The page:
Tucson CitizenTucson Citizen

Complete this sentence: “Tucson is . . . “

Just did a bit on the John C. Scott show and spent a good part of the time talking about my column from this week (which John overly gushed about, much to my embarrassment).

The point I was trying to make was that candidates for office consume themselves with pointing out the bad. Incumbents want to accentuate the good. But what is good about Tucson? Ask yourself that question and tie it specifically to Tucson, not the county or the region.

It’s a harder question to answer than you think.

For example, we all love Sabino Canyon (or we all should, anyway). But that’s not in Tucson. Neither is the Desert Museum, or Tucson Mountain Park, or many of the other things we all list when people ask us what we like or love about Tucson. But when it comes to the city, what’s good about it?

My answer was pretty weak. I think the parks are good. Reid Park is one of the better municipal parks I’ve seen, especially in Arizona. The bike lanes are good, though I don’t ride a bike. But I think it’s good that we’re one of the most bike-friendly cities in the country. The gem show is awesome, but that doesn’t really have anything to do with the city council but the council could kill it if it wanted to or perhaps through sheer negligence, neglect or nincompoopery. It should get credit for not screwing it up, at least. The Mariachi festival is cool, but needs some help from the city to prosper, and Tucson Meet Yourself is nice but could be an even bigger and better cultural and food festival with a little more city support (See “Taste of Chicago” to get a sense of what I mean). There are a few other smaller things that are good about Tucson, but this is a pretty meager list.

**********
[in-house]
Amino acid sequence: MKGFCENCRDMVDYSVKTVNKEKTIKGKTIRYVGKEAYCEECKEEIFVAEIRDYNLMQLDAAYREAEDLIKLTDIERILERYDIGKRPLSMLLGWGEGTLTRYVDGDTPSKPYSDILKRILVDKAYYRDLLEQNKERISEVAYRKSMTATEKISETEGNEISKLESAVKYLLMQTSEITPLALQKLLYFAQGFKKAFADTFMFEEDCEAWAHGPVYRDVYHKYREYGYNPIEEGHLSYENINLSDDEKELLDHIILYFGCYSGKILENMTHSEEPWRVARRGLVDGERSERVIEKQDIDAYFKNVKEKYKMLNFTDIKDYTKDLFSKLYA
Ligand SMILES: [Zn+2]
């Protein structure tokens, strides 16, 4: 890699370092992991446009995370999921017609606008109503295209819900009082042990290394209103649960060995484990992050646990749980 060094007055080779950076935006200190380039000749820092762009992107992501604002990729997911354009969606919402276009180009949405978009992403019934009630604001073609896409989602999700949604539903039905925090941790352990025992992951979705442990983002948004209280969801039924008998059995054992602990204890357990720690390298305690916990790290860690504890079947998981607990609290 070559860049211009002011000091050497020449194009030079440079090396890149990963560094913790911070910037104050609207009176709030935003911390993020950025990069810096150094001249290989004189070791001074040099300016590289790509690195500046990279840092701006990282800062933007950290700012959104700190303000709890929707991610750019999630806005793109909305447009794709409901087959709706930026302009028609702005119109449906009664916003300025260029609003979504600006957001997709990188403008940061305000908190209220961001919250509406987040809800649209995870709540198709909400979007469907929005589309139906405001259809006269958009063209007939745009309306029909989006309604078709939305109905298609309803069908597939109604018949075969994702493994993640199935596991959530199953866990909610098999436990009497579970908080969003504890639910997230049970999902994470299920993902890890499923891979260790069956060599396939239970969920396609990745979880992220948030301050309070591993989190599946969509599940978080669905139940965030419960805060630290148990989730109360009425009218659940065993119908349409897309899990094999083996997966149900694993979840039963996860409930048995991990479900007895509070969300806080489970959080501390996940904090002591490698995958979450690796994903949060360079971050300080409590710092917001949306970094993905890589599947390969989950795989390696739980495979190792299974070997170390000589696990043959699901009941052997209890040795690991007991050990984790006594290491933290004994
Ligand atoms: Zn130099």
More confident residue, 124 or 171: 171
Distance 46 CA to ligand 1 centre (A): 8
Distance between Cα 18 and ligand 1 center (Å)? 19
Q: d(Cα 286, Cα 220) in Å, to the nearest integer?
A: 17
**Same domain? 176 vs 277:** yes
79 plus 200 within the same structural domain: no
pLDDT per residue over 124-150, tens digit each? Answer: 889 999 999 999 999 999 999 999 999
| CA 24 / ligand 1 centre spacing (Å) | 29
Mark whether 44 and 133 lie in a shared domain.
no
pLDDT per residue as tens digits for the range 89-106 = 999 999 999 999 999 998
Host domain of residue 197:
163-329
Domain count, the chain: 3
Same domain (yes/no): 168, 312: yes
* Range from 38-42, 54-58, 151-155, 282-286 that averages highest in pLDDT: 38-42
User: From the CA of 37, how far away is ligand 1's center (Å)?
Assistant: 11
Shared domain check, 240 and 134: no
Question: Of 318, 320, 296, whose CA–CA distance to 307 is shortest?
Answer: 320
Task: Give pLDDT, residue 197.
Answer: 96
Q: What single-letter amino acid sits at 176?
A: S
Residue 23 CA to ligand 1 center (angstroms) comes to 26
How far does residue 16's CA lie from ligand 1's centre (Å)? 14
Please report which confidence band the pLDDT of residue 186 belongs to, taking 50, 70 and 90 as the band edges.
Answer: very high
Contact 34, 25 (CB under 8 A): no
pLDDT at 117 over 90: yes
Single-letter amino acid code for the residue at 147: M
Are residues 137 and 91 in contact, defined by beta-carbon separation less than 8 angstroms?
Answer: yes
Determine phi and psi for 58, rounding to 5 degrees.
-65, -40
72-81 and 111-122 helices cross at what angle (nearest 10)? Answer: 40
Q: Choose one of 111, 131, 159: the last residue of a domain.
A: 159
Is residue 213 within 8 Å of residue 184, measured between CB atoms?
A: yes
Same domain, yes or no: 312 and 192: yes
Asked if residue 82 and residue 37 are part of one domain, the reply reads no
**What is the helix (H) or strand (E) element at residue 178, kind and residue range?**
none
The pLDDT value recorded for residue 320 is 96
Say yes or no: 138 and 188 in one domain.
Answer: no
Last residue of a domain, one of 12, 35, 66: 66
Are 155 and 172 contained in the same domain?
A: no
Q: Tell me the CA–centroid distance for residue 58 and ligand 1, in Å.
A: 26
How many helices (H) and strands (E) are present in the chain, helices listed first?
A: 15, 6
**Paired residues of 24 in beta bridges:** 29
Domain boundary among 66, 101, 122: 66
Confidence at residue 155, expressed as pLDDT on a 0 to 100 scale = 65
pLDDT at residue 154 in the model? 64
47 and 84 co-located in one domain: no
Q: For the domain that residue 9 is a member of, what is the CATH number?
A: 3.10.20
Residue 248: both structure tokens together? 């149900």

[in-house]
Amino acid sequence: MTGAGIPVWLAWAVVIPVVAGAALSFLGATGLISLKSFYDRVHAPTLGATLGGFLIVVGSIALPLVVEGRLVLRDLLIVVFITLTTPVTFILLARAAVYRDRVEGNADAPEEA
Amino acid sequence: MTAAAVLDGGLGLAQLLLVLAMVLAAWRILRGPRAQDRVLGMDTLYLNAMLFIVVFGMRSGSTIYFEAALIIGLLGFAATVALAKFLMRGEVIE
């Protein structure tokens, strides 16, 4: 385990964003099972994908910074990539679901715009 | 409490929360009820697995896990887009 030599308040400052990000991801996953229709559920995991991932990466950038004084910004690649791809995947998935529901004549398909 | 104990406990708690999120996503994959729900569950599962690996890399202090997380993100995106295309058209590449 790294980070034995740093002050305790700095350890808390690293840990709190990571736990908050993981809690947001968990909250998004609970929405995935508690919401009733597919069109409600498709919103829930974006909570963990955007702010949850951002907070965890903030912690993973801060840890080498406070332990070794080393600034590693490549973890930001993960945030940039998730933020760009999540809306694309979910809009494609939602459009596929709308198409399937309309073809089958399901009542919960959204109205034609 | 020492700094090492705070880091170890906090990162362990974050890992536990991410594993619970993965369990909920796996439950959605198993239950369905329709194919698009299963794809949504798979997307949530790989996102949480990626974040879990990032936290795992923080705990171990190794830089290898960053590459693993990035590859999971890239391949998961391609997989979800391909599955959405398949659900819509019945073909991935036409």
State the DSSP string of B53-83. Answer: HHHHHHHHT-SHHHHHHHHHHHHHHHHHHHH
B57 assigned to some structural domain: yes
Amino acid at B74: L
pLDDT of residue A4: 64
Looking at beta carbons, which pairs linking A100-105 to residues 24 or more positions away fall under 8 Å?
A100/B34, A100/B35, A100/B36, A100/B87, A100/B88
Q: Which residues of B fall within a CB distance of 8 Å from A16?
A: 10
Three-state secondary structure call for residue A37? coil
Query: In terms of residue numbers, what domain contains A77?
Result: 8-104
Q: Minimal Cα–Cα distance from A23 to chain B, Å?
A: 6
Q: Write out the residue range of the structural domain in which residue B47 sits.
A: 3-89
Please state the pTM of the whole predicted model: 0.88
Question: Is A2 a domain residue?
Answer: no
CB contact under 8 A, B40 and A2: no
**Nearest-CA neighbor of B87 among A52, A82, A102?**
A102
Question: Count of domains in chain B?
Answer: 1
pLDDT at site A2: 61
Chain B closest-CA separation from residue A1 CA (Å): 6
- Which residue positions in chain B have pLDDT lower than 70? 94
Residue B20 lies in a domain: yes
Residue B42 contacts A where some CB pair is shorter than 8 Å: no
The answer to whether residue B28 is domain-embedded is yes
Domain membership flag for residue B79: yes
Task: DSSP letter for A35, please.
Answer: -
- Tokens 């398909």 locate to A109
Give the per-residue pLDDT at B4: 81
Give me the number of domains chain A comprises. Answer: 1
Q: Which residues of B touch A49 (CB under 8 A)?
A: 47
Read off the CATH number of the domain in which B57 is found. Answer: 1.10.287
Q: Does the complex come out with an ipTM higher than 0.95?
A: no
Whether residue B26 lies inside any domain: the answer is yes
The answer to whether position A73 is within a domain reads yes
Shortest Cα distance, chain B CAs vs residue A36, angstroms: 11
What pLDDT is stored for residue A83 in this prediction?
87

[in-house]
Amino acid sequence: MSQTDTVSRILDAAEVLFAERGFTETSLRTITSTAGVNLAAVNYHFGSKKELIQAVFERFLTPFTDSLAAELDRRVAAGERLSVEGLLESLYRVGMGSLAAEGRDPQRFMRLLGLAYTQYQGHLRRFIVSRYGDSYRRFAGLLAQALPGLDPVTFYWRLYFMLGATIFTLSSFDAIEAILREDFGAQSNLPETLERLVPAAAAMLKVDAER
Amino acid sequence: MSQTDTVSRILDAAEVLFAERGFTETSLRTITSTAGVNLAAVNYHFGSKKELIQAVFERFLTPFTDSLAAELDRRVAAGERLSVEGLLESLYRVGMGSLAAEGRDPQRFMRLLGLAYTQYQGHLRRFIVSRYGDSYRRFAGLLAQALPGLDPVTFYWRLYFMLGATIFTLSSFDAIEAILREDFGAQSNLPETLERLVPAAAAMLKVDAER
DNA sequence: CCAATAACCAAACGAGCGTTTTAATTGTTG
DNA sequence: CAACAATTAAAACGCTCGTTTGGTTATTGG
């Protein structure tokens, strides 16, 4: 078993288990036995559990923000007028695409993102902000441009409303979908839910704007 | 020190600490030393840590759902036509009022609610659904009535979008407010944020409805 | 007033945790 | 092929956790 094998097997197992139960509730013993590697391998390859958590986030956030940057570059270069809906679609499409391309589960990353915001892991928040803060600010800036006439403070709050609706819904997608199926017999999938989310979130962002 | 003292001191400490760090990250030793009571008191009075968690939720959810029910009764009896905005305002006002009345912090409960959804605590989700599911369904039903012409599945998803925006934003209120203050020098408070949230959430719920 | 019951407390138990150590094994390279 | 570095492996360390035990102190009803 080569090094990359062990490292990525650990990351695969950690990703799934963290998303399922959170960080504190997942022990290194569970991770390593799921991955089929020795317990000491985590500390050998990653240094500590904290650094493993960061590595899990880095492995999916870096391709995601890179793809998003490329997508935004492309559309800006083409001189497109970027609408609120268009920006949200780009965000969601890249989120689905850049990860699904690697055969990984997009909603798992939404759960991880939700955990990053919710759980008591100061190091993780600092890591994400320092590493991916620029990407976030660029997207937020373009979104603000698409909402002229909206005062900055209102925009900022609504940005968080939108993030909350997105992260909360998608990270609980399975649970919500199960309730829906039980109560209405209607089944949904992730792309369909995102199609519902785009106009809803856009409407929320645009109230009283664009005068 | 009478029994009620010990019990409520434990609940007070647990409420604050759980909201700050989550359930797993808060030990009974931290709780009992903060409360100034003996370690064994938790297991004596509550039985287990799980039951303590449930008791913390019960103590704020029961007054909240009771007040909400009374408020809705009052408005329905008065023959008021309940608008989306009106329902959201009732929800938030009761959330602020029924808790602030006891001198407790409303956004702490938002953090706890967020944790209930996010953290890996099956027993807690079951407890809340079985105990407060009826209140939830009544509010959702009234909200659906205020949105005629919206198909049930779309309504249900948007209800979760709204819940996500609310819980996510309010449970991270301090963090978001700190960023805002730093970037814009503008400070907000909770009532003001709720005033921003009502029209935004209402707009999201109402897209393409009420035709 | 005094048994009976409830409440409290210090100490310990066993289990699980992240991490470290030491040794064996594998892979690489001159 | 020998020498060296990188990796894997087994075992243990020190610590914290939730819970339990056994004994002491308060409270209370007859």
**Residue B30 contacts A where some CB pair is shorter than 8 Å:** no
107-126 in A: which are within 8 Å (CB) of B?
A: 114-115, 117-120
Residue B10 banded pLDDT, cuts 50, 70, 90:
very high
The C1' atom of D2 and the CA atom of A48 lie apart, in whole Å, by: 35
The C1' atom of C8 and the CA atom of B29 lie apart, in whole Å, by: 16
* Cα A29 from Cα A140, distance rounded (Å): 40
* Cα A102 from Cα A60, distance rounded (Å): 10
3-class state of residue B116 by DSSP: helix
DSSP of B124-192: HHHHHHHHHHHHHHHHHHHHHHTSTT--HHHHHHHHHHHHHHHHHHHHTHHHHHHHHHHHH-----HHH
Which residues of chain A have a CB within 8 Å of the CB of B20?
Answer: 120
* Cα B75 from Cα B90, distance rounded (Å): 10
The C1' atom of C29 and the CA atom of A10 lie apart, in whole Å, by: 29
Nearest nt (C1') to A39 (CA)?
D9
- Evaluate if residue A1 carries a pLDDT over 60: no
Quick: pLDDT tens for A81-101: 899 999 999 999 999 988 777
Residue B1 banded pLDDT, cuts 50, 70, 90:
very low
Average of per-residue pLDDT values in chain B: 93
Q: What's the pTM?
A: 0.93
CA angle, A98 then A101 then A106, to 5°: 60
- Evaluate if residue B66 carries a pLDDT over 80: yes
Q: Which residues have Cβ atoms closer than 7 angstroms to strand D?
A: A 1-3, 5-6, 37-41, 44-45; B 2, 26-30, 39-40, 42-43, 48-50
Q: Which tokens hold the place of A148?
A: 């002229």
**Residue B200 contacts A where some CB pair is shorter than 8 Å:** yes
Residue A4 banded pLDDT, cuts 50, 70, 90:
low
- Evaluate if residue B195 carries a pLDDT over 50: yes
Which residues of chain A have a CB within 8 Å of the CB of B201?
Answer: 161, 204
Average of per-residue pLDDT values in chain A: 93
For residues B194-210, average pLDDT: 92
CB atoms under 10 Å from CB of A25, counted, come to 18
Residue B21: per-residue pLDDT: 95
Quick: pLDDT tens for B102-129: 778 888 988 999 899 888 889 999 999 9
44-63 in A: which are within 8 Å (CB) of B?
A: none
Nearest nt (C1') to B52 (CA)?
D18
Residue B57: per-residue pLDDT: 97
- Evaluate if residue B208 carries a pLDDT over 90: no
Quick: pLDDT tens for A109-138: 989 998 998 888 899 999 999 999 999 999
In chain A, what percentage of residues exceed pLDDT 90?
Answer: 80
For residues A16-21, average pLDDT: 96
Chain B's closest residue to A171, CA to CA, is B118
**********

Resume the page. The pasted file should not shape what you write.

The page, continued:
I think how the candidates answer it would be informative.

As the discussion with John wandered around several points, he brought up a related one that I think also is important for this coming council election.

What is Tucson?

Tucson used to be a Western town, tied to its Western heritage through the rodeo and rodeo parade and all the dude ranches. In the 1930s and 1940s, there were more than two dozen dude ranches around town. Old Tucson and Hollywood’s constant use of the area as a backdrop for its horse operas only helped to solidify the city’s Western identity.

After the war we became the Hughes Missile town that was also part UA college town. Then in the 60s, 70s and 80s we became the golfing retirement town that was still part college town and part Hughes Missile (soon to be Raytheon) town.

But the huge growth explosion to the suburbs in the late 80s and 90s changed all that. Tucson was no longer Tucson. It was metropolitan Tucson with the suburbs developing their own distinct identities and cultures and politics.

Then we had the lost decade of the 2000s, in which Rio Nuevo and the Great Recession dominated our attention, killed our growth and obscured our vision.

Tucson also used to be very closely tied to Mexico. Mexico was our friend and our connection to it was part of our heritage, our founding. It was part of our culture. Is it still? Or is the Sonoran hot dog our last connection to our Mexican heritage.

So now, what is Tucson? What should it be? What do the council candidates think it should be and what is their plan for getting us there?

I’m curious what y’all think Tucson is (though I fear what the trolls will say).

So, if you can, complete this sentence in the comments section: Tucson is . . .

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